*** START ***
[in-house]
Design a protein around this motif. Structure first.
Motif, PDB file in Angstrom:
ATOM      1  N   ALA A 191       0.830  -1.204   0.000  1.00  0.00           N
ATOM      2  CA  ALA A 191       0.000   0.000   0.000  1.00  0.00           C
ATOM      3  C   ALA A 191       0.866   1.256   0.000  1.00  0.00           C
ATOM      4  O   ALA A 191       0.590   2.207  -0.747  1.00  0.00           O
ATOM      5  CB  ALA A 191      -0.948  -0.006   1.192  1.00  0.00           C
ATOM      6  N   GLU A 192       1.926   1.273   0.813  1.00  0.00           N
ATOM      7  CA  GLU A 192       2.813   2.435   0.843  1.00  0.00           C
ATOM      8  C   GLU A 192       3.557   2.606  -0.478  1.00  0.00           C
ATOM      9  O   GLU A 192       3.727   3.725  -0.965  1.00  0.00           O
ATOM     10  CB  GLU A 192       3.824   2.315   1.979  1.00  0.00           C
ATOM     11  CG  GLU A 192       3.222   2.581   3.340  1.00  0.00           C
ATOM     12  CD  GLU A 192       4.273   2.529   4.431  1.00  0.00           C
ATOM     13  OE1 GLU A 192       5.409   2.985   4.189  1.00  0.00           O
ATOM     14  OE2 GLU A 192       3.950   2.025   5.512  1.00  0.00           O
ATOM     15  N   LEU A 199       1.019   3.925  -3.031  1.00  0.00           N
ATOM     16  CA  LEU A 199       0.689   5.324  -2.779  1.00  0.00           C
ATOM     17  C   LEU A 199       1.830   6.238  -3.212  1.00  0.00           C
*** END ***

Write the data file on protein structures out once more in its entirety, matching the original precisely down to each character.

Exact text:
[in-house]
Design a protein around this motif. Structure first.
Motif, PDB file in Angstrom:
ATOM      1  N   ALA A 191       0.830  -1.204   0.000  1.00  0.00           N
ATOM      2  CA  ALA A 191       0.000   0.000   0.000  1.00  0.00           C
ATOM      3  C   ALA A 191       0.866   1.256   0.000  1.00  0.00           C
ATOM      4  O   ALA A 191       0.590   2.207  -0.747  1.00  0.00           O
ATOM      5  CB  ALA A 191      -0.948  -0.006   1.192  1.00  0.00           C
ATOM      6  N   GLU A 192       1.926   1.273   0.813  1.00  0.00           N
ATOM      7  CA  GLU A 192       2.813   2.435   0.843  1.00  0.00           C
ATOM      8  C   GLU A 192       3.557   2.606  -0.478  1.00  0.00           C
ATOM      9  O   GLU A 192       3.727   3.725  -0.965  1.00  0.00           O
ATOM     10  CB  GLU A 192       3.824   2.315   1.979  1.00  0.00           C
ATOM     11  CG  GLU A 192       3.222   2.581   3.340  1.00  0.00           C
ATOM     12  CD  GLU A 192       4.273   2.529   4.431  1.00  0.00           C
ATOM     13  OE1 GLU A 192       5.409   2.985   4.189  1.00  0.00           O
ATOM     14  OE2 GLU A 192       3.950   2.025   5.512  1.00  0.00           O
ATOM     15  N   LEU A 199       1.019   3.925  -3.031  1.00  0.00           N
ATOM     16  CA  LEU A 199       0.689   5.324  -2.779  1.00  0.00           C
ATOM     17  C   LEU A 199       1.830   6.238  -3.212  1.00  0.00           C